In a bit of continuity, I actually installed Ocropus and tried it out. Turns out, this really is beta software. There were a few too many loose nuts and bolts and I ended up going for a double headed VueScan and Evernote approach.
Ocropus itself takes bitmaps as input and does not do the actual scanning. For that, you need another tool. On Linux, XSane is pretty much the standard tool, which is also the one I used. And it turns out it’s also a good choice if you want to scan multiple pages. It will automatically scan a preset number of pages. You only need to make sure that you can place the page on your scanner before the scan begins (not always easy).
Based on a set of images, Ocropus starts its analysis. First it splits the documents in blocks and lines. Next is the Optical Character Recognition (OCR), which is where I got stuck. The OCR in Ocropus is based on an AI solution that needs to be trained. Sadly Ocropus came with incomplete or outdated recognition models. You can train Ocropus and create your own model, but for that you need a set of reference documents. You can imagine the time required to create the reference docs (there is a basic one available) and to train the algorithm.
It was too much for me, so I started looking for other solutions. I did stumble upon Cuneiform, but it didn’t seem to like my documents very much. The results were abysmal. As were any of the other programs I tried.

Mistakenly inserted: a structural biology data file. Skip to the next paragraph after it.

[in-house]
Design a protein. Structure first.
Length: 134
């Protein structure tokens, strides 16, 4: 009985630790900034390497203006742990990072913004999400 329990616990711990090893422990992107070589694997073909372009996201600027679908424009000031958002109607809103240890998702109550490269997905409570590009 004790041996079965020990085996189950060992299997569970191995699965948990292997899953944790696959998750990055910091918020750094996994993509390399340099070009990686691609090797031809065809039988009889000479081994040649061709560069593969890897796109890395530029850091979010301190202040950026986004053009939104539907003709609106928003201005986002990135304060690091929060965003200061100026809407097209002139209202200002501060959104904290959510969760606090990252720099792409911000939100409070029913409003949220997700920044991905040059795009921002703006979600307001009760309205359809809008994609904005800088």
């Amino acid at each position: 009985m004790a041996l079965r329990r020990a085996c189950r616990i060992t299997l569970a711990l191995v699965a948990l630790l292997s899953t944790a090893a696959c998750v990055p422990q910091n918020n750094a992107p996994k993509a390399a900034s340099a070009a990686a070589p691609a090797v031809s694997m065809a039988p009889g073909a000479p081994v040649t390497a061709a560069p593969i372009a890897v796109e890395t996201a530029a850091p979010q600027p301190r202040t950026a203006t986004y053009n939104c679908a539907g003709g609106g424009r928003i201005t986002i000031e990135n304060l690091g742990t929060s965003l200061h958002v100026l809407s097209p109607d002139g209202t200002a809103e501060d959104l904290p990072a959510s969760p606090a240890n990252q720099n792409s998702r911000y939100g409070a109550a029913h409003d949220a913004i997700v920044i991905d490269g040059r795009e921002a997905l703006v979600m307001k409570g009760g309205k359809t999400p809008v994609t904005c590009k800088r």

Eventually, I had a revelation. Evernote is not only my favorite note-keeping program, it also has OCR build in. And, from the few tests I did, pretty good one at that. So why not create a PDF, dump it in Evernote and let it do the OCR?
There are several ways to scan and create a PDF. You might want to check out the software that came with your scanner. iCopy in combination with PDFCreator is a good open source solution. And last but not least, if you want it really easy and don’t mind spending a fairly small amount of money, get yourself VueScan.
Once you have a PDF, just move it into an Evernote note and if you are a premium subscriber, the OCR will kick in. If you aren’t a premium subscriber, there’s no OCR, but with a little tagging, you can at least very quickly retrieve the document. Something you weren’t able with the paper version. It’s already a big improvement.
- Good document scanning, OCR and management isn’t easy. If you’re serious about it, some investment in good software and hardware will pay off big time.
- If you’re going all the way with converting paper to digital, you need a dedicated scanner with automatic feeder. There really is no way around it. A flatbed scanner will only suffice if you are already digital and have only few documents arriving on paper. Which is very unlikely.
- Most decent scanners will include some good software, which sort-of eliminates many of the issues discussed in this post. It does not solve the archiving though.